This post on how to take a career break was featured in Vol. 1, Finding Your Calling of The Unconventional Monthly, a newsletter that gives you fresh ways to live a little more extraordinarily on a new topic every month.
From Career Break to Breakthrough
Fed up with work, feeling uninspired and unfulfilled, and thinking of taking a career break?
I know the feeling. I broke after only four-and-a-half years.
The last straw, actually the last email, for me was being told I’d been taken off the fast-track and put into a boringly comfortable assignment. It wasn’t enough to get me to focus on Excel spreadsheets instead of the palm trees outside my windows anymore. So I handed in my key card and hung up my khakis to reassess and redirect my career.
Some call it a career break. I called it my “pretirement.”
Whatever you want to call it, it lasted five years—an unforgettable, unpredictable time I wrote about here—and it ended with a breakthrough: finding a new career I love.
Maybe I was fortunate, but I believe if you follow these eight steps for how to take a career break, you might have a breakthrough, too.
8 Steps to Finding Your Calling on a Career Break
1. Set a Big, Broad Goal
A big, broad long-term goal will motivate you to keep trying new and meaningful things and guide your decision-making in the right direction during your career break.
My big, broad goal was to give TED Talk. Not TEDx. The real-deal main stage. Achieving it would mean I’d found something valuable to contribute to society, which was missing from my previous career.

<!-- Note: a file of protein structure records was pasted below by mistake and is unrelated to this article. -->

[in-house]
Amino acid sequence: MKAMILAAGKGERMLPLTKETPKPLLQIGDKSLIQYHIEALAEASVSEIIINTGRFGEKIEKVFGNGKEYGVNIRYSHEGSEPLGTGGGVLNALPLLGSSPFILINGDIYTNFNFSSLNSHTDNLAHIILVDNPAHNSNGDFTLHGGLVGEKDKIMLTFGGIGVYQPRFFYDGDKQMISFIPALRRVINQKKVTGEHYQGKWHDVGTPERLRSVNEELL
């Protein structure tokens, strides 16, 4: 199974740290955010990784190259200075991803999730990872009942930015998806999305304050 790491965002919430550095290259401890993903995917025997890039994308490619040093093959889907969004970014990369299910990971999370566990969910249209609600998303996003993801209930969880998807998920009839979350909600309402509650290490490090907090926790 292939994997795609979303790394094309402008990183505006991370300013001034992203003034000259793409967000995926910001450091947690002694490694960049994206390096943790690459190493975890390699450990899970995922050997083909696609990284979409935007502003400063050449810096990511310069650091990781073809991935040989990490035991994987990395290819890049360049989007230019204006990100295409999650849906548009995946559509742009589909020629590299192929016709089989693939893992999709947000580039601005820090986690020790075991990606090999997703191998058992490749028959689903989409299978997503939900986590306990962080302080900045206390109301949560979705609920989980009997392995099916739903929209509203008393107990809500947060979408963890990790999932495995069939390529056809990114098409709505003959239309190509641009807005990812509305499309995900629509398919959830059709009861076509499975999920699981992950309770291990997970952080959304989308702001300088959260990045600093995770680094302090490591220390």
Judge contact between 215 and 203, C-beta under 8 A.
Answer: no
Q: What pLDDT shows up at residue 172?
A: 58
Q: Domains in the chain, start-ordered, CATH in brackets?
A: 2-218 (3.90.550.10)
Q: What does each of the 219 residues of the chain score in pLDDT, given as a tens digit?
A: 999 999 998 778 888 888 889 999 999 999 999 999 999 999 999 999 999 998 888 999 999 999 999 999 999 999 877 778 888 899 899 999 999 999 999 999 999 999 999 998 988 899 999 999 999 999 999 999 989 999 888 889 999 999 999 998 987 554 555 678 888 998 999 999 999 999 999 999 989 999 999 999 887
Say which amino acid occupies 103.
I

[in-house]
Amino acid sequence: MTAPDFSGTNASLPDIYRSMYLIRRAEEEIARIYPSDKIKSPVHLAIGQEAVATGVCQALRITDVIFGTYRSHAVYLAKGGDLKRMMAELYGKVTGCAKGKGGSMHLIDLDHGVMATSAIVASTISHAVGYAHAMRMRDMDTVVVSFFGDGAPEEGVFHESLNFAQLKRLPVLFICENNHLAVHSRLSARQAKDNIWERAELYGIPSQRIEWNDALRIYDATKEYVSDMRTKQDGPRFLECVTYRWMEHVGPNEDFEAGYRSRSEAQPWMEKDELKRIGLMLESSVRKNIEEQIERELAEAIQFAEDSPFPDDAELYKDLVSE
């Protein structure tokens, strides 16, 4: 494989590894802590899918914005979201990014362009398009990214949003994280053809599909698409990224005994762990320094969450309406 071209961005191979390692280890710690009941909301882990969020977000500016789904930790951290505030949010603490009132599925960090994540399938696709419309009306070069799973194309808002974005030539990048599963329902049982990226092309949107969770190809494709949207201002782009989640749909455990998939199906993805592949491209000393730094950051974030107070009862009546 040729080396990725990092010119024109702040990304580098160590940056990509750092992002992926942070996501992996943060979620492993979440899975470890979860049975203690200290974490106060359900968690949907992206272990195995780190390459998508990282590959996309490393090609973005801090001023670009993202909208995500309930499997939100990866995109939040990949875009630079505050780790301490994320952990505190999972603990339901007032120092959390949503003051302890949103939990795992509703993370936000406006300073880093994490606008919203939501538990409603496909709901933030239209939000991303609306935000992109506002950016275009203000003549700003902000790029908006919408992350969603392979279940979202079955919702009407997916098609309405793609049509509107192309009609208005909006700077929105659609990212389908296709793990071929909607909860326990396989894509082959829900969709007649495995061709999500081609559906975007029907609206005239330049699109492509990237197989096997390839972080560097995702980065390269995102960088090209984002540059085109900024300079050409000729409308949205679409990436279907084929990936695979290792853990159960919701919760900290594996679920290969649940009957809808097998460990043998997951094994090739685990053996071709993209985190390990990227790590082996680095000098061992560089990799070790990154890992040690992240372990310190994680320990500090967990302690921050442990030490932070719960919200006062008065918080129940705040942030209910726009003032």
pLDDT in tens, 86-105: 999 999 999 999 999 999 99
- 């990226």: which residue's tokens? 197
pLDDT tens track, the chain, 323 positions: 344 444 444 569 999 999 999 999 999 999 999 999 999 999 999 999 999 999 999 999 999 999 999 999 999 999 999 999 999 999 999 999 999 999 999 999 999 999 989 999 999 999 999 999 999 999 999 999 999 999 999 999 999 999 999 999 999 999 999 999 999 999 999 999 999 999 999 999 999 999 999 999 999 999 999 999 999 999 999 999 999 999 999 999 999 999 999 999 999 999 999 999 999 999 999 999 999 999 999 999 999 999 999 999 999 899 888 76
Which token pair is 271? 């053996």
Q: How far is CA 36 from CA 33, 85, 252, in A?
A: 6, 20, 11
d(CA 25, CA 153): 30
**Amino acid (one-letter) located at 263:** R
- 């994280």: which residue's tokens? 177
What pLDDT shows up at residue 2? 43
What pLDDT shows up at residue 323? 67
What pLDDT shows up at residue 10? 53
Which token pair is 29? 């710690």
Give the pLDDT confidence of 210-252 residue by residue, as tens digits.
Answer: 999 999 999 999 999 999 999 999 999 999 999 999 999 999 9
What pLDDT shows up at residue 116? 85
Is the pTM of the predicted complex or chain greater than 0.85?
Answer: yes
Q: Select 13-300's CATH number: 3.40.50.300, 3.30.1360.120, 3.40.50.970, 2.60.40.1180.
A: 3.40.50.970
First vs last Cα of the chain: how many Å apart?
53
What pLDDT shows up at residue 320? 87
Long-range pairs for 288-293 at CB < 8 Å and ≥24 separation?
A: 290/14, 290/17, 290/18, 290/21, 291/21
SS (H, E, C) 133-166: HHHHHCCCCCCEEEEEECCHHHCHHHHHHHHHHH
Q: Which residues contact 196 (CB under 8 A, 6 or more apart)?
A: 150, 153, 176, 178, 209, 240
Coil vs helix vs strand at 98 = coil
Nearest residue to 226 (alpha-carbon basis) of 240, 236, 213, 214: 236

It’s still my goal. I’m nowhere close, but I’m still moving in the right direction.
2. Assemble Your Pretirement Package
You’ll need the following five things to have a successful career break, especially if you too are starting from scratch on your path towards your big, broad goal:
Money enables you to travel and reset, cover minimal living costs, and invest in ad-ventures. We’ll get to each of these in a bit.
In my case, I had stashed away about $250k in cash in the bank by the time I pretired.
Free yourself from as many obligations as you can: jobs, responsibilities, pets, debts, property, etc.
2.3 Understanding Friends and Family
Do the best you can to explain your career break and your goals to your friends and family to get them on board. You don’t want them to hold you back and pressure you to “get serious” and to go back to a “real job.”
2.4 Tall Fences
“The grass is always greener on the other side,” as they say…
….so build up some towering fences to block the view.
That way, you can focus on your own plot and not feel discouraged by comparing yourself to friends and ex-colleagues, whose grass will seem a lot greener while you’re on your career break.
But install some gates in your fence, just in case they invite you over for a barbecue.
2.5 A Backup Plan
Don’t pretire without a solid resume in your back pocket. It’s your insurance policy. It lets you take risks knowing that, if worse comes to worse, you can always find a job.
3. Get Your Money Working While You’re Not
Since you’re not working, your money needs to work extra hard for you.
Ideally, you’ve been investing your savings ever since your first paycheck. But if you’re stupid like me and were “too busy” to properly manage your money while working, make it your first pretirement priority.
Investing can be intimidating but isn’t as complicated as expensive-suited financial planners want you to believe. Read Millionaire Teacher for a quick and easy guide.
Consider checking out these books, too:
Career Break Reading List
4. Factory Reset Yourself
You know how after you factory reset your phone it works so much faster and the battery lasts way longer?
Well, factory resetting yourself gets you the same benefits.
Here’s how to do it:
- Trash all non-essentials and eliminate all obligations, worries, deadlines.
- Shut yourself down.
- Spend whatever time it takes to start back up again.